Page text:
Tuesday, April 28, 2009

I ask for so little in this life...

I will be SO PISSED if they end up closing the Queens County schools because of this swine flu bullshit. Mostly because having a kid at home will keep me from enjoying my newest favorite pastime, watching trashy TV at the gym.

I don't have cable, so I inhale the rot-yer-brain crap that's shown on the workout-vision TV sets that are conveniently built into the machines at my gym. This is amazing to me. You simply plug in your headphones and you have access to reality TV, soaps and about 9 different court shows. I don't know if I love working out now, or if I just spend an extra 20 minutes on the elliptical trainer because I just HAVE to see how that paternity test came out on Judge Hatchett. Either way, my ass thanks you.

Have you guys ever seen Steve Wilkos? I love this guy! I think I am having the same kind of weird masochistic sexual fixation on him that I had on the meat cart guy near the playground in my neighborhood; he's big, bald, sweaty, unabashedly masculine, and looks like he'd smell like a steak kebab. He flips over chairs when he gets pissed at the irresponsible babymamas on his show, but he's also tender and sweet with, say, the gangbanger who kicked his pregnant girlfriend in the belly, but really, really wants help to get out of the thug life, ya know?

It's really engaging. I can't get enough.

Even though a lot of moms go to my gym, I think I'm probably the only woman crying on the treadmill because I'm so moved by the transformation of a teen prostitute or because I've seen justice given to the woman who sued over the $200 faulty weave that made her very hair fall out of her head.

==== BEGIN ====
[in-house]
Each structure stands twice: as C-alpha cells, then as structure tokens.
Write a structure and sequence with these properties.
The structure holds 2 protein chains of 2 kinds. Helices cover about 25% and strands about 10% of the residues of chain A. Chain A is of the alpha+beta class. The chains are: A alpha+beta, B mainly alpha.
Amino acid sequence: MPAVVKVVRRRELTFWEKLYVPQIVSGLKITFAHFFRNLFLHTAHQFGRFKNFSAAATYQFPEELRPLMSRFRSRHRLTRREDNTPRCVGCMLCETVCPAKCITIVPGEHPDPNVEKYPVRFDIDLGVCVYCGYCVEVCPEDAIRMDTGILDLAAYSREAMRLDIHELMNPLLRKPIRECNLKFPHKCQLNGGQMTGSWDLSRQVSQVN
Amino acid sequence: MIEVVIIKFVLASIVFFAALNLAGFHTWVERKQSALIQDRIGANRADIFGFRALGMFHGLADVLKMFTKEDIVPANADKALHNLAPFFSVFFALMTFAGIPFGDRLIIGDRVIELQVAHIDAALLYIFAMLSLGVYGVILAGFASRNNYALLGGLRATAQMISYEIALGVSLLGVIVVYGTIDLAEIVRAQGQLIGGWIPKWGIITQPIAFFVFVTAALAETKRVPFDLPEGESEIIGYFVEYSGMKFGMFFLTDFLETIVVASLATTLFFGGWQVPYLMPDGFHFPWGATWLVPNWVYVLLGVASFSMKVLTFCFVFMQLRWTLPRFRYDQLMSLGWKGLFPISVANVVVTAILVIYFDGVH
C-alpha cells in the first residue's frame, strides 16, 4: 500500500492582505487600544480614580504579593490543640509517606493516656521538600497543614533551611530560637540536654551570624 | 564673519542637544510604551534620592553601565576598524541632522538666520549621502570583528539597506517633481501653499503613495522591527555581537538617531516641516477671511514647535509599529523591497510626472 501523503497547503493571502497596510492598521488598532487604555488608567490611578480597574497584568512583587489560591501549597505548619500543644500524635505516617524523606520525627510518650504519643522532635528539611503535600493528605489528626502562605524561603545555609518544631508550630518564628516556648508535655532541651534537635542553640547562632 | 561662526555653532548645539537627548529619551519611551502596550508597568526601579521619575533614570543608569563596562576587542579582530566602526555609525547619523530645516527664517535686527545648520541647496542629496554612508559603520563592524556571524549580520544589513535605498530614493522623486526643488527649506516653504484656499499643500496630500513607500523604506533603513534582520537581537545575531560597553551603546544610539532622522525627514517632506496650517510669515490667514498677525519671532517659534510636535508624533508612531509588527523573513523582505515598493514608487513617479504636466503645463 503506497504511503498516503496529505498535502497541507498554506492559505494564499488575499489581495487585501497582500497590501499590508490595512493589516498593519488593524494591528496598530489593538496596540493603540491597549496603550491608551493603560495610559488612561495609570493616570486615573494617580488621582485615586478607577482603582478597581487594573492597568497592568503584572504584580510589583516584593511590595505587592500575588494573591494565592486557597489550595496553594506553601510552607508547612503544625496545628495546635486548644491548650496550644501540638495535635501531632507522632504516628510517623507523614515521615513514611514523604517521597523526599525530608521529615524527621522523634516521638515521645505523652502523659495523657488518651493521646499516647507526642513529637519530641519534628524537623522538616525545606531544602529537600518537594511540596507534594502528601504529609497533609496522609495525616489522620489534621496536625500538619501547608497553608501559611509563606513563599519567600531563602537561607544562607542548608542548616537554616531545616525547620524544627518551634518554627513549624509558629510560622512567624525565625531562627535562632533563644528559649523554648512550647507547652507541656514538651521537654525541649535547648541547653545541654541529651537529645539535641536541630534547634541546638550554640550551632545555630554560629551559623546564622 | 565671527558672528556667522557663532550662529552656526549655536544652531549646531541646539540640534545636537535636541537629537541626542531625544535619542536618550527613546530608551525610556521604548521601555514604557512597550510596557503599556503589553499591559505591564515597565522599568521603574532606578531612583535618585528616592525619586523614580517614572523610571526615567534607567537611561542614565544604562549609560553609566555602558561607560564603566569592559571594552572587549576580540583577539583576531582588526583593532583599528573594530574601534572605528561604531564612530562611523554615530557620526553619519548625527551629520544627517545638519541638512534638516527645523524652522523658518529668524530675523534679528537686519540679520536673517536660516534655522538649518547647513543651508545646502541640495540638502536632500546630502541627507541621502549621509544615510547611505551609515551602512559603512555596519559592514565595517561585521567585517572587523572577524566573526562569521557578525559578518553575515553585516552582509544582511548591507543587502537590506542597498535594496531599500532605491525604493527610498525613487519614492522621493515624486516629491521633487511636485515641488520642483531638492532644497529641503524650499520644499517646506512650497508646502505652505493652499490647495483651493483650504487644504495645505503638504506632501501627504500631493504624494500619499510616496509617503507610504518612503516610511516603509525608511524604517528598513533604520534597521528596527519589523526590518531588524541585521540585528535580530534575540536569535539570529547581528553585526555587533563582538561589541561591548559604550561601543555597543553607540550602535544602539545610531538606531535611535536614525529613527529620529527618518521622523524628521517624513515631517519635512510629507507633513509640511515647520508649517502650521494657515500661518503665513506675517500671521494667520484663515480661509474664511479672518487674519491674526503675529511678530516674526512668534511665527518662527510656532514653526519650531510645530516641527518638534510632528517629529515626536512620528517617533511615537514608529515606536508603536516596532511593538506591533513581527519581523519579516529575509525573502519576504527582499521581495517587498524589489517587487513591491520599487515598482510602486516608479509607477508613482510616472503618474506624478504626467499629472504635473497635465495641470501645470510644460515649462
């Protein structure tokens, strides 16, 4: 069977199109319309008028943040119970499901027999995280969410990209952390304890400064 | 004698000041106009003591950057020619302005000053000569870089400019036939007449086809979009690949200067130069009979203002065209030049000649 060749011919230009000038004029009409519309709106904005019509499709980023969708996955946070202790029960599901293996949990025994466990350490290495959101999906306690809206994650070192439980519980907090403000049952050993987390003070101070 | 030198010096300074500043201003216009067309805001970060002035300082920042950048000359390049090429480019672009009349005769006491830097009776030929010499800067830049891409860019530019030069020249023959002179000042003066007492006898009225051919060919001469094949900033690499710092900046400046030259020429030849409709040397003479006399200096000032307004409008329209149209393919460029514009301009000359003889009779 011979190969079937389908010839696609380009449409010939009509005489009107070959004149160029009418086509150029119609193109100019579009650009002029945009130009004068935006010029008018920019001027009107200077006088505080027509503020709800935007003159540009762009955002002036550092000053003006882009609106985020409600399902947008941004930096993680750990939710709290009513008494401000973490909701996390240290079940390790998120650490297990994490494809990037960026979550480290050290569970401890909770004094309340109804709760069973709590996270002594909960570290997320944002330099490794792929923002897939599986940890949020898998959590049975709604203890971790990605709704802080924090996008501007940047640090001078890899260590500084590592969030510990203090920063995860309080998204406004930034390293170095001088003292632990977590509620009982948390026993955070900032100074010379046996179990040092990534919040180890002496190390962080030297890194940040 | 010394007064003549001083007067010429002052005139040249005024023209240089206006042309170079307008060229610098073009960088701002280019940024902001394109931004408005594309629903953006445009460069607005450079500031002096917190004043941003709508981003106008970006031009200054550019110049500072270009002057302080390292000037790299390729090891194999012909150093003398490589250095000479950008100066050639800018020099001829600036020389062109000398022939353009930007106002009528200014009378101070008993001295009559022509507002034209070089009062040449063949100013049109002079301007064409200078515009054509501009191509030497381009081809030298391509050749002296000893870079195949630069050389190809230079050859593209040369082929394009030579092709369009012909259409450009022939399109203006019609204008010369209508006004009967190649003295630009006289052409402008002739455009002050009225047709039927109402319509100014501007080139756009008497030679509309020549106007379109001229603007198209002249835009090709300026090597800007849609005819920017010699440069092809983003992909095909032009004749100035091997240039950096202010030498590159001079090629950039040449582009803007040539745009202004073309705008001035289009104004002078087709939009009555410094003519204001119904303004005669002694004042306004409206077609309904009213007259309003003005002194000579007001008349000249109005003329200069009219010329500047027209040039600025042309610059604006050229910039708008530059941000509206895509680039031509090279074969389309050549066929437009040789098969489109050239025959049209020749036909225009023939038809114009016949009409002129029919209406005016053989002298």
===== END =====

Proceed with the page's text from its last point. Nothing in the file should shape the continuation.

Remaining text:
Thank you, Fitness Center, thank you from the bottom of my heart.

Saturday, April 25, 2009

Walt Disney is rolling in his frozen grave

For those of you who have been reading this blog for a while, (and I apologize to you folks, for so many reasons...but really, what the hell is wrong with you people anyway?!) you might recall me blogging about my weird-ass dreams. Recently I wrote a whole wastebasketful of nonsense about a recurring nighmare in which I have the painful urge to the pee and can only find filthy, feces-encrusted public toilets available for my use. Oh, and I'm also usually barefoot.

Last night's dream, though...I don't know WHERE that came from. I did drink a stoopid amount of pink champagne at a friend's birthday party and then go home and stuff microwave popcorn in my face while watching repeats of Grey's Anatomy, but I am not sure why I dreamed that Lily and I went on a vacation and had to share our hotel bed with two full-grown female lions.